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Mental and Substance Use Disorders Among Adult Men on Probation or Parole: Some Success Against a Persistent Challenge

NCJ Number
Date Published
May 2011
16 pages
This study obtained data on mental disorders and substance-use disorders among adult men on supervised release (probation or parole) from local, State, and Federal prisons and jails.
The study concludes that treatment needs are not being met for a significant number of probationers and parolees with mental or substance-use disorders. Consequently, they are at greater risk for parole or probation failure that leads to reincarceration. From 2002 to 2009, illegal drug use among people on probation and parole remained a challenge, with rates of drug abuse and dependence remaining two to three times as high as rates among non-probationers and non-parolees in the general population. Similarly, rates of any mental illness, serious mental illness, serious psychological distress, and depression during the past year were two to three times higher among probationers and parolees than among other respondents. Probationers and parolees were more likely than others to have received some mental health services in the past year, but they were also more likely to report an unmet need for mental health services. In 2009, the percentages of probationers and parolees with mental disorders who accessed services or reported an unmet need for mental health services remained unchanged. The findings suggest an ongoing need for broader implementation of effective treatment and reentry services for this high-risk, mostly nonviolent population, such as those provided under ongoing Federal grant programs focused on reentering offenders. Data were drawn from the U.S. Department of Justice's Bureau of Justice Statistics data collected from probation and parole agencies for year-end reports, as well as the National Survey on Drug Use and Health (NSDUH). The NDSUH is an annual data set based on a national probability sample of the civilian noninstitutionalized population 12 years old and older. 8 tables, 25 references, and appended supplementary information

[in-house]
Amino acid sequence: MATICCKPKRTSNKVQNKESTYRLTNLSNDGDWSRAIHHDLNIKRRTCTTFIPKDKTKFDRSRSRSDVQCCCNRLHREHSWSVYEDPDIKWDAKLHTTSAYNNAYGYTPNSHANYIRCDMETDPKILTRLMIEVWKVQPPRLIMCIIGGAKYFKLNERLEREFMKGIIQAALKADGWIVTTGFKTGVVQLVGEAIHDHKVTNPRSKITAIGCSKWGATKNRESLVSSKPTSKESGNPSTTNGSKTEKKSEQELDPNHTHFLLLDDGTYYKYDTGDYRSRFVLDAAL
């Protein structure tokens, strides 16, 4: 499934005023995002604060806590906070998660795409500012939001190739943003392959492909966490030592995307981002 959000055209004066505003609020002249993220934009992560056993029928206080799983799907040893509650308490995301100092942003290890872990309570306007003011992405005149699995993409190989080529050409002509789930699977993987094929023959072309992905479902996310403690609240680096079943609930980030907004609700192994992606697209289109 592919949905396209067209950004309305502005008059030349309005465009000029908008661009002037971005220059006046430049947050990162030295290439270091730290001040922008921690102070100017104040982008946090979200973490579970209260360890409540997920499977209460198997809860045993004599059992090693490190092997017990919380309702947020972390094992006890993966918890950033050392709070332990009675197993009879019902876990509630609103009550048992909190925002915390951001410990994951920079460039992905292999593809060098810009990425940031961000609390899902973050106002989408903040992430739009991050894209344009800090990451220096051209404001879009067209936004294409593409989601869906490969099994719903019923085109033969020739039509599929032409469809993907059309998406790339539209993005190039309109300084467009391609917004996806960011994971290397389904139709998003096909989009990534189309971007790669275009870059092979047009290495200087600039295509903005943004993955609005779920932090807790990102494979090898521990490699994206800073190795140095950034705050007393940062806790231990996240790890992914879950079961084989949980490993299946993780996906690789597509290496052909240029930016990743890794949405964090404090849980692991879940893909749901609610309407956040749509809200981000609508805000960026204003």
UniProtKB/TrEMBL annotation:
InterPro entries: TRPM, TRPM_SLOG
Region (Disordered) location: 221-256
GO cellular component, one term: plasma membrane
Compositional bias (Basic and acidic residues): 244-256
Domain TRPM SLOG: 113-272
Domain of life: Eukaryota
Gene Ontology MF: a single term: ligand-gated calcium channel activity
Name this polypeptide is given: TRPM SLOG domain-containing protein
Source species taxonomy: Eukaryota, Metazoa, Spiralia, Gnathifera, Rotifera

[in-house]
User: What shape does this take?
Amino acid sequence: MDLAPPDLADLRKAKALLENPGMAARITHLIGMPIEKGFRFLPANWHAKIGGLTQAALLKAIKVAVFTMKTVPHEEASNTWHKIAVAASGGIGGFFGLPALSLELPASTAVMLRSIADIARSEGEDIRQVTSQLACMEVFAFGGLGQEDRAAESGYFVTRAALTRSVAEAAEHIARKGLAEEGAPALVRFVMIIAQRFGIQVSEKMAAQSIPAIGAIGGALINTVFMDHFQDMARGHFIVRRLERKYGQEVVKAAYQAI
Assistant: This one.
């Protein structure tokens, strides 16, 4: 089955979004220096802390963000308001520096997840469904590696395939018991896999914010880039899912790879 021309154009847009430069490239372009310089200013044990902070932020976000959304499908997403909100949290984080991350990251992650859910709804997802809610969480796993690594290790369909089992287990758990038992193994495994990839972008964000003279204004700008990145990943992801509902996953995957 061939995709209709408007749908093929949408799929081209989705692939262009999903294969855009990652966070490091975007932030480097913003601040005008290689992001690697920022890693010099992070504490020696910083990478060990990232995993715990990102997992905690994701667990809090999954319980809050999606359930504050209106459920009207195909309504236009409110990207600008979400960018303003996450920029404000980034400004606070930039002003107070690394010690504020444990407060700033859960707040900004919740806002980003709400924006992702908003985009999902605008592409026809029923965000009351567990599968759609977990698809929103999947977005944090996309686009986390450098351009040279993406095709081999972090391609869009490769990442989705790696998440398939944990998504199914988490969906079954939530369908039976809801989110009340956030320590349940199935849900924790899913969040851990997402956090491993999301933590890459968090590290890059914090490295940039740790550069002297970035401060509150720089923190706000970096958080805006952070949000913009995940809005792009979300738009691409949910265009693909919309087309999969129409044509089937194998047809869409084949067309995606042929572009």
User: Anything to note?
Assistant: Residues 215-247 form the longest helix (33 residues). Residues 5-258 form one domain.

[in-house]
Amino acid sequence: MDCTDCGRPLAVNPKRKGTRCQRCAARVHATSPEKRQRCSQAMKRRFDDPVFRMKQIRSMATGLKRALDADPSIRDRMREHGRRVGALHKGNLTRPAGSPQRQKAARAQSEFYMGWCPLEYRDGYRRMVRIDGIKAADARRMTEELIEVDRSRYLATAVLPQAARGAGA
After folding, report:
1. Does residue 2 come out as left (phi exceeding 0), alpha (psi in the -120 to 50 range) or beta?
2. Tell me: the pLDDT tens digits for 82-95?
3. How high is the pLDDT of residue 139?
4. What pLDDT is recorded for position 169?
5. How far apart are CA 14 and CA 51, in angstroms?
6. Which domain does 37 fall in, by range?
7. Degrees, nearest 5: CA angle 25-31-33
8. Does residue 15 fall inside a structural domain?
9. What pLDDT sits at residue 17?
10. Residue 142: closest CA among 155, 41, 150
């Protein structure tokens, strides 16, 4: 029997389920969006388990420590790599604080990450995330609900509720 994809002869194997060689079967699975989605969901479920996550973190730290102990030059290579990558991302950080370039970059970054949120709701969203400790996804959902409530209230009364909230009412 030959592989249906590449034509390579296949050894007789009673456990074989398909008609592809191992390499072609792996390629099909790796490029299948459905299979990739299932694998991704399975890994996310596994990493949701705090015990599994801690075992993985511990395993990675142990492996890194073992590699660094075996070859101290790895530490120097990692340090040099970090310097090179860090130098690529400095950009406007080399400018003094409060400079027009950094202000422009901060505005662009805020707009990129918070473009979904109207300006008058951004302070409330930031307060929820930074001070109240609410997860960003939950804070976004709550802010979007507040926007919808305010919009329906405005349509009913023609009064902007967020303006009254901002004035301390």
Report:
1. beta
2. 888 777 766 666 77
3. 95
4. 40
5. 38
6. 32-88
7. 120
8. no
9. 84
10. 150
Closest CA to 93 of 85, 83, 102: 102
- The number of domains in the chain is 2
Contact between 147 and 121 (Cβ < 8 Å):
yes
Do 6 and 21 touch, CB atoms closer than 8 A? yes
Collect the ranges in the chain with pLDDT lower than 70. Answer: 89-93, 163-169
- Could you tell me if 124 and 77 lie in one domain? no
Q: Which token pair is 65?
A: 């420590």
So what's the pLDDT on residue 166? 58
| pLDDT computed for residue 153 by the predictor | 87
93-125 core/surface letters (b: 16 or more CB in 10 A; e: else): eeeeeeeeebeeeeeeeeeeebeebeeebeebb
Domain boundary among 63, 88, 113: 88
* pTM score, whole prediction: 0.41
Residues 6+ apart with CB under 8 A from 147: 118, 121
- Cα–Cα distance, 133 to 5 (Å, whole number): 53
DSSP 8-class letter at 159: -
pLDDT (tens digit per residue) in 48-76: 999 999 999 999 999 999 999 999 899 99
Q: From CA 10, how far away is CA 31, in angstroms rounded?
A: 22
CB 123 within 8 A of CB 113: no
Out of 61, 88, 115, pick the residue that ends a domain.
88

Date Published: May 1, 2011